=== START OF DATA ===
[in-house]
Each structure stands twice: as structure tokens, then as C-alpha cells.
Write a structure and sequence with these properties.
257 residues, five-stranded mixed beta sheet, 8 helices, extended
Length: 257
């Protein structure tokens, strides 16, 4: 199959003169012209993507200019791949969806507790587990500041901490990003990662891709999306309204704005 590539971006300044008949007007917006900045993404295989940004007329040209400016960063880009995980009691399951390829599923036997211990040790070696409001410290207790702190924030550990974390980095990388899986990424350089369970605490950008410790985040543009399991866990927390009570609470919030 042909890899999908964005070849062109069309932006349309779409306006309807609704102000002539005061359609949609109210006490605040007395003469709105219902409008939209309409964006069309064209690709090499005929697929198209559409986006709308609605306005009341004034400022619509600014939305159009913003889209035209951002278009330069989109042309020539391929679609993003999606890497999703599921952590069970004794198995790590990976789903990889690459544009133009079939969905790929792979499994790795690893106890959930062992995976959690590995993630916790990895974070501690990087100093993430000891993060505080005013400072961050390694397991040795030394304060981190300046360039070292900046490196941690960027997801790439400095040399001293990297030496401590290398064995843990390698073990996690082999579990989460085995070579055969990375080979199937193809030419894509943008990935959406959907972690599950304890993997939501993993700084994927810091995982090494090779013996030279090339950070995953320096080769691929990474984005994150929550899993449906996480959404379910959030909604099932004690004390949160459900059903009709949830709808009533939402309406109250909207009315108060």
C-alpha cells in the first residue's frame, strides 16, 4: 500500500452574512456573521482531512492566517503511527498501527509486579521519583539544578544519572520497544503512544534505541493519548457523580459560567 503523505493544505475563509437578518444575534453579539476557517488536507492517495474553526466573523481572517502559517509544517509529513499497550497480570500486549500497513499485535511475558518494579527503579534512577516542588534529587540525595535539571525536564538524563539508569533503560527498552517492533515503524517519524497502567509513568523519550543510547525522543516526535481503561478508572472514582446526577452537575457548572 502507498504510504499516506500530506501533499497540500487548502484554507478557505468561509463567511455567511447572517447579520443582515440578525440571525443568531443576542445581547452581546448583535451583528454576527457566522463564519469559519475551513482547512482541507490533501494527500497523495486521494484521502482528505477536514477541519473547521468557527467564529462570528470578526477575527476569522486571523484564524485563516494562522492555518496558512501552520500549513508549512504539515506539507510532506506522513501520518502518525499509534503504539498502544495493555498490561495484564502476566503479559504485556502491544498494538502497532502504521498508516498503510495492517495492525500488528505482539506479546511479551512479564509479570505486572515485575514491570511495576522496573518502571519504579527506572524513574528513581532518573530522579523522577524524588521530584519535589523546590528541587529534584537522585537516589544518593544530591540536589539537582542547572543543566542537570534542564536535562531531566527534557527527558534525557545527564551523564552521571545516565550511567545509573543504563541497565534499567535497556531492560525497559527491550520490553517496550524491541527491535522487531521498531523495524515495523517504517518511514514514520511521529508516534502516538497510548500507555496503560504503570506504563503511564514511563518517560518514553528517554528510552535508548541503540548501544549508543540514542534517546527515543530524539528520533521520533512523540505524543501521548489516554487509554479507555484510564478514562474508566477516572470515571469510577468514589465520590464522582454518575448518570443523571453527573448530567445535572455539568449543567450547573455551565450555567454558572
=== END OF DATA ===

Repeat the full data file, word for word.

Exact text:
[in-house]
Each structure stands twice: as structure tokens, then as C-alpha cells.
Write a structure and sequence with these properties.
257 residues, five-stranded mixed beta sheet, 8 helices, extended
Length: 257
């Protein structure tokens, strides 16, 4: 199959003169012209993507200019791949969806507790587990500041901490990003990662891709999306309204704005 590539971006300044008949007007917006900045993404295989940004007329040209400016960063880009995980009691399951390829599923036997211990040790070696409001410290207790702190924030550990974390980095990388899986990424350089369970605490950008410790985040543009399991866990927390009570609470919030 042909890899999908964005070849062109069309932006349309779409306006309807609704102000002539005061359609949609109210006490605040007395003469709105219902409008939209309409964006069309064209690709090499005929697929198209559409986006709308609605306005009341004034400022619509600014939305159009913003889209035209951002278009330069989109042309020539391929679609993003999606890497999703599921952590069970004794198995790590990976789903990889690459544009133009079939969905790929792979499994790795690893106890959930062992995976959690590995993630916790990895974070501690990087100093993430000891993060505080005013400072961050390694397991040795030394304060981190300046360039070292900046490196941690960027997801790439400095040399001293990297030496401590290398064995843990390698073990996690082999579990989460085995070579055969990375080979199937193809030419894509943008990935959406959907972690599950304890993997939501993993700084994927810091995982090494090779013996030279090339950070995953320096080769691929990474984005994150929550899993449906996480959404379910959030909604099932004690004390949160459900059903009709949830709808009533939402309406109250909207009315108060």
C-alpha cells in the first residue's frame, strides 16, 4: 500500500452574512456573521482531512492566517503511527498501527509486579521519583539544578544519572520497544503512544534505541493519548457523580459560567 503523505493544505475563509437578518444575534453579539476557517488536507492517495474553526466573523481572517502559517509544517509529513499497550497480570500486549500497513499485535511475558518494579527503579534512577516542588534529587540525595535539571525536564538524563539508569533503560527498552517492533515503524517519524497502567509513568523519550543510547525522543516526535481503561478508572472514582446526577452537575457548572 502507498504510504499516506500530506501533499497540500487548502484554507478557505468561509463567511455567511447572517447579520443582515440578525440571525443568531443576542445581547452581546448583535451583528454576527457566522463564519469559519475551513482547512482541507490533501494527500497523495486521494484521502482528505477536514477541519473547521468557527467564529462570528470578526477575527476569522486571523484564524485563516494562522492555518496558512501552520500549513508549512504539515506539507510532506506522513501520518502518525499509534503504539498502544495493555498490561495484564502476566503479559504485556502491544498494538502497532502504521498508516498503510495492517495492525500488528505482539506479546511479551512479564509479570505486572515485575514491570511495576522496573518502571519504579527506572524513574528513581532518573530522579523522577524524588521530584519535589523546590528541587529534584537522585537516589544518593544530591540536589539537582542547572543543566542537570534542564536535562531531566527534557527527558534525557545527564551523564552521571545516565550511567545509573543504563541497565534499567535497556531492560525497559527491550520490553517496550524491541527491535522487531521498531523495524515495523517504517518511514514514520511521529508516534502516538497510548500507555496503560504503570506504563503511564514511563518517560518514553528517554528510552535508548541503540548501544549508543540514542534517546527515543530524539528520533521520533512523540505524543501521548489516554487509554479507555484510564478514562474508566477516572470515571469510577468514589465520590464522582454518575448518570443523571453527573448530567445535572455539568449543567450547573455551565450555567454558572